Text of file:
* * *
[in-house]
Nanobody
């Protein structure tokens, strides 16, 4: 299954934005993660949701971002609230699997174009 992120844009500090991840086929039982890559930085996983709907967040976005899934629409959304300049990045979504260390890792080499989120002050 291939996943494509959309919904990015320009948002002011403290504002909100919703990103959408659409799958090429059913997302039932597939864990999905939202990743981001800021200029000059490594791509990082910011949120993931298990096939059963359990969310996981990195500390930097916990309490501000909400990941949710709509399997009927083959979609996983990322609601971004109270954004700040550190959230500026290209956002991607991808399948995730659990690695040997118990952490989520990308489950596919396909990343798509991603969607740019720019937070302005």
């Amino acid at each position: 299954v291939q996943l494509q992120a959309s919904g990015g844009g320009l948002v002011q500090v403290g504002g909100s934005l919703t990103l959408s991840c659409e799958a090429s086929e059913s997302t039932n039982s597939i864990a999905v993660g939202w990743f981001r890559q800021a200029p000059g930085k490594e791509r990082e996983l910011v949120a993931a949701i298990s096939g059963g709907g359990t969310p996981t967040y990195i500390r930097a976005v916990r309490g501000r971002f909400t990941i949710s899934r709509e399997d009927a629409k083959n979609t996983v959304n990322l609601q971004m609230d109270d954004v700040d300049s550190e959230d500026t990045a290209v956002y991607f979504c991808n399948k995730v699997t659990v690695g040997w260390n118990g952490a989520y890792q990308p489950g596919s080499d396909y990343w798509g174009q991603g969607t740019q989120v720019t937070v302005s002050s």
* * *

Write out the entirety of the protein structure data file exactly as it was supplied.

[in-house]
Nanobody
């Protein structure tokens, strides 16, 4: 299954934005993660949701971002609230699997174009 992120844009500090991840086929039982890559930085996983709907967040976005899934629409959304300049990045979504260390890792080499989120002050 291939996943494509959309919904990015320009948002002011403290504002909100919703990103959408659409799958090429059913997302039932597939864990999905939202990743981001800021200029000059490594791509990082910011949120993931298990096939059963359990969310996981990195500390930097916990309490501000909400990941949710709509399997009927083959979609996983990322609601971004109270954004700040550190959230500026290209956002991607991808399948995730659990690695040997118990952490989520990308489950596919396909990343798509991603969607740019720019937070302005």
């Amino acid at each position: 299954v291939q996943l494509q992120a959309s919904g990015g844009g320009l948002v002011q500090v403290g504002g909100s934005l919703t990103l959408s991840c659409e799958a090429s086929e059913s997302t039932n039982s597939i864990a999905v993660g939202w990743f981001r890559q800021a200029p000059g930085k490594e791509r990082e996983l910011v949120a993931a949701i298990s096939g059963g709907g359990t969310p996981t967040y990195i500390r930097a976005v916990r309490g501000r971002f909400t990941i949710s899934r709509e399997d009927a629409k083959n979609t996983v959304n990322l609601q971004m609230d109270d954004v700040d300049s550190e959230d500026t990045a290209v956002y991607f979504c991808n399948k995730v699997t659990v690695g040997w260390n118990g952490a989520y890792q990308p489950g596919s080499d396909y990343w798509g174009q991603g969607t740019q989120v720019t937070v302005s002050s």